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From Jonathan Locke <jonathanwlo...@yahoo.com>
Subject Re: question and idea.
Date Sat, 16 Feb 2002 21:41:04 GMT

we're getting hung up on semantics here and it's totally my
fault (sorry!).  what i was getting at is that XML defines markup 
for documents and not pure-and-simple trees in this sense:

in XML you can have text nodes (PCDATA) interspersed within
any element body.  what i'm suggesting is creating a specialized
syntax that is for pure and simple node/attribute trees -- like 
config files.  the upshot of this is that you couldn't represent 
*document* markup with the syntax i'm suggesting.  so it's not really
equivalent to XML because it can only express the subset of XML that 
is about simple node/attribute trees.  does that make more sense? ;-)

it's easy to start thinking of DOM as tied to a bunch of XML angle 
brackets.  but it's a lot more than that, in my opinion.  the DOM can
be used to access any structured data, regardless of representation
or backing.  for example, you can have a DOM with a database describing 
a document instead of XML.  and a DOM consumer like Ant should never
know the difference, or care one way or the other.  since ant is really
being configured by a DOM (which just happens to be XML right now),
all I'm really suggesting is an alternative way of describing that DOM
which is less cumbersome and maybe more powerful or better tuned to
the problem of config files... some creative thinking about what 
configuration data is all about might help here... 

my little hack is to create a limited config file DOM by using the
existing SAX parser API to make DOM think it's working with XML... 
i'm not knowledgable enough to know if that's the right way to 
accomplish such a thing.  maybe it would be better done some other
way.

--- "Glenn A. McAllister" <glenn@somanetworks.com> wrote:
> On Sat, 16 Feb 2002, Jonathan Locke wrote:
> 
> Hey Jonathan.  Comments inline...
> 
> >
> > > The problem is, it isn't XML.  Maybe I'm missing the point, but it seems
> > > to me that you've just created YAML; XML is supposed to make the
> mechanism
> > > of parsing these files easier by providing two well defined properties:
> > > well-formedness and the potential to validate (partially) the structure
> of
> > > the document.
> >
> > you bring up good points, to which i have a few responses that may or may
> > not sway you...
> >
> >  - it's *not* YAML because it's not an ML.  it's limited (intentionally)
> >    to tree structures (where XML describes document markup).
> 
> Ah, but XML is a mechanism to *define* (not describe) structured
> documents.  The inherent structure is always tree like (at least, when
> defined with a DTD, I'm not familiar enough with XMLSchema and the like to
> comment) if it is a valid document.  Even a well-formed document is tree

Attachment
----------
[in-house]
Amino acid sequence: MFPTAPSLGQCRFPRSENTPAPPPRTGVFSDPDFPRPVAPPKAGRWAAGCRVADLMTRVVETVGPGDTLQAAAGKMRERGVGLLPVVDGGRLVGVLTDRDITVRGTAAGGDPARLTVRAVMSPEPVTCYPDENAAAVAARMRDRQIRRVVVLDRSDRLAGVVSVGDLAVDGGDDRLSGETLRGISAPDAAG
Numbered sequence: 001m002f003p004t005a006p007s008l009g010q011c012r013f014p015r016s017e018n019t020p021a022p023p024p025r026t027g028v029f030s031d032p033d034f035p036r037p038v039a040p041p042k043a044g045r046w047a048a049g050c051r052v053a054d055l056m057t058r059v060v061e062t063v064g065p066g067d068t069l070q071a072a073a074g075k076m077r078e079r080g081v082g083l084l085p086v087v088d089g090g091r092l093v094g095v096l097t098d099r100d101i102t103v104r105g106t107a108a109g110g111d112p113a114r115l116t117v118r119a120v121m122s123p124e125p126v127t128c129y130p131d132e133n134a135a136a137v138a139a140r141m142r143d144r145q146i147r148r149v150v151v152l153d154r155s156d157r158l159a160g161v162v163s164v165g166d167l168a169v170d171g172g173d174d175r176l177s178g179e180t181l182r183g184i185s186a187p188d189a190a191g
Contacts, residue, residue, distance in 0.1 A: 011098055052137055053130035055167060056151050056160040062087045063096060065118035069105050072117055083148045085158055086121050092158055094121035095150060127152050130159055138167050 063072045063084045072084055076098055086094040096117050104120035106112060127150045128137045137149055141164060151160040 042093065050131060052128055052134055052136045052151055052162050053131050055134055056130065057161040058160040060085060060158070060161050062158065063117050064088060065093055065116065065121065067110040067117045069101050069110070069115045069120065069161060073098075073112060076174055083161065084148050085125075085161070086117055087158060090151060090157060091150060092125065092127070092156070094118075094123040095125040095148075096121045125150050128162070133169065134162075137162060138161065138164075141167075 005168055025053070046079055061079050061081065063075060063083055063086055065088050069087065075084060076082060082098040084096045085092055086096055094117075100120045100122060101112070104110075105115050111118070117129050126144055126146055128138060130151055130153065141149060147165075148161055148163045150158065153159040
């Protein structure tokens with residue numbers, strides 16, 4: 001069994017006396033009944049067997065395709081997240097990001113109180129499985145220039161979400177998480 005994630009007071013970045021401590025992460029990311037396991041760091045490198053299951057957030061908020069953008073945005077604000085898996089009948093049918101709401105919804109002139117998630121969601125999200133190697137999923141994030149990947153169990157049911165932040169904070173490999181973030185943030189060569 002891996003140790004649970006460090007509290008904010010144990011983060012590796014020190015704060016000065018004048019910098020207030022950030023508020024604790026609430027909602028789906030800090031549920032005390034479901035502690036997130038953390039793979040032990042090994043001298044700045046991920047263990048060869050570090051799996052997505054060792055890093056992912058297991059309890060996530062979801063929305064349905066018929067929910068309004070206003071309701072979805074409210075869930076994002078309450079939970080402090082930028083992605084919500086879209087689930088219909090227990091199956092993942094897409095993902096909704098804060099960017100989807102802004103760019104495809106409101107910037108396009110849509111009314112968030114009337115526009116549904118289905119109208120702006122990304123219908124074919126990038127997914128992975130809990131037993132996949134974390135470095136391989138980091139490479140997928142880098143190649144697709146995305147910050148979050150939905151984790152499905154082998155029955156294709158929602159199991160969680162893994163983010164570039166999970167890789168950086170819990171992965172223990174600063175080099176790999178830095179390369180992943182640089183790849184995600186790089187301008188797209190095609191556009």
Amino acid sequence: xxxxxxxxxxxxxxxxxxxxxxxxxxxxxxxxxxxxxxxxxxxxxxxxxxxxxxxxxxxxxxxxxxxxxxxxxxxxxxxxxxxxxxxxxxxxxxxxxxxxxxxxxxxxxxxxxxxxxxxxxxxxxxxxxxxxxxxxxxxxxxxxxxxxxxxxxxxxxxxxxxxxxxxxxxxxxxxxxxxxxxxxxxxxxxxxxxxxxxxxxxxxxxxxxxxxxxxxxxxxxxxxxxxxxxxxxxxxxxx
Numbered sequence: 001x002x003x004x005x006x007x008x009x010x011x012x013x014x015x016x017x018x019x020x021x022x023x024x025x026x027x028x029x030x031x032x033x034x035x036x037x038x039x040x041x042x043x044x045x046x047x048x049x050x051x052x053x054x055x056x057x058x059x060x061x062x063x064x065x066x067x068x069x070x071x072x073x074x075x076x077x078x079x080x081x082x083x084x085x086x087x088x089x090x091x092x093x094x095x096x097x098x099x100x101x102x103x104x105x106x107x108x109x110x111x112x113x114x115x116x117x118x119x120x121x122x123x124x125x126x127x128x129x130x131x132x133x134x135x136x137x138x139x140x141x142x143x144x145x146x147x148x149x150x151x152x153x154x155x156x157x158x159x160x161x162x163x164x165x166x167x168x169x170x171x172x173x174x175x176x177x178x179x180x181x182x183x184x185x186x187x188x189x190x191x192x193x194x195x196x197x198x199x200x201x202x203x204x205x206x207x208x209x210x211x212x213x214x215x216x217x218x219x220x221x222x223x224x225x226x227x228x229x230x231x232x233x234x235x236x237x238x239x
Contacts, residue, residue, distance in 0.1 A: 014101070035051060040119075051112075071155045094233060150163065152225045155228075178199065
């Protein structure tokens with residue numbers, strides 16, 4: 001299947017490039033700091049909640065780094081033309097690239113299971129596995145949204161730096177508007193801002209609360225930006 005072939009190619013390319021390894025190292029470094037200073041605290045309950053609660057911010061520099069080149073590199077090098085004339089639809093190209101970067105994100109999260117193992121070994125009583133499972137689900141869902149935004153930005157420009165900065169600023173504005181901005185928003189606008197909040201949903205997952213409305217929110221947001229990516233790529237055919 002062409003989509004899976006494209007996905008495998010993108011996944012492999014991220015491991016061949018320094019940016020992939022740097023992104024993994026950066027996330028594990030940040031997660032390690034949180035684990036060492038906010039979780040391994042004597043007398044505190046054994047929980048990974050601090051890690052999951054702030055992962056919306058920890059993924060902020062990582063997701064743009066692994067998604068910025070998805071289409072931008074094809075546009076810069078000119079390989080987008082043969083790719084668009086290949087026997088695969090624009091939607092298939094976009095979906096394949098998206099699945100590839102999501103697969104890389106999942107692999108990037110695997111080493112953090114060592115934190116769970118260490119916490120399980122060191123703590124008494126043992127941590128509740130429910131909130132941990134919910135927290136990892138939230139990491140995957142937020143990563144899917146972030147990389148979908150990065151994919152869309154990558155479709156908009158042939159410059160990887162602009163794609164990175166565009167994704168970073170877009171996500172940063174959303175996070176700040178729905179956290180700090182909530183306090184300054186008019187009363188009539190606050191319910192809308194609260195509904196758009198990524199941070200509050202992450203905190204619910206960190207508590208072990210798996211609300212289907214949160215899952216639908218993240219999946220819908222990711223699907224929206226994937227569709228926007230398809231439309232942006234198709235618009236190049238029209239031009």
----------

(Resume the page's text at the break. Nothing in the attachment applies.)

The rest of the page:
> like due to the requirement of matching begin and end tags.
> 
> <element attribute="blah">
>     <element/>
>     <someotherelement>
>     </somotherelement>
> </element>
> 
> How is this not tree like?
> 
> >  - it would support schemas and dtd's (which would stay the same) that
> >    describe tree structured documents.  you would get all the
> well-formedness
> >    and validation properties therein.
> 
> Again, since all valid XML documents require a DTD or schema, how can you
> create non-tree like XML docuemnts?  Please show me an example of such a
> document that is well formed and I'll capitulate on this point.  :-)
> 
> > > XML has been doing this for years.  Admittedly its a tad verbose, but
> > > there are worse things.  Why reinvent the wheel yet again?
> >
> > i guess my root feeling here is that tree data is not really a document.
> > it can certainly be *treated* as a document, but it's really a subclass
> > of documentness.  it's treeness and so it seems reasonable to have a
> special
> > syntax that is better able to describe "tree documents".
> 
> I'm just reiterating my point here that I'm pretty damn sure you can't
> create a well formed (much less valid) XML document that isn't a tree.
> 
> >
> > > The rules you have defined are fine as far as they go, but I'm willing to
> > > bet there are lots of issues you haven't address.  For example, how do
> you
> > > manage importing external documents?
> >
> > i don't think this *should* come up, as we're only replacing the SAX level
> > of DOM.  it *should* in theory be 100% transparent to higher level things
> > like document parsers, validators, schemas etc.  that is, if the XML people
> > have done there job optimally...
> 
> But what you are proposing is to replace the parser, are you not?  The
> entity replacement mechanism used to import (parts of) XML documents is a
> function of the parser, obeying rules defined by a DTD - internal or
> external.  So either you have to have to reimplement the entity
> replacement mechanism defined by DTD or your schema language of choice, or
> you have to define a new one.
> 
> 
> Glenn McAllister
> SOMA Networks, Inc.
> 
> 
> 
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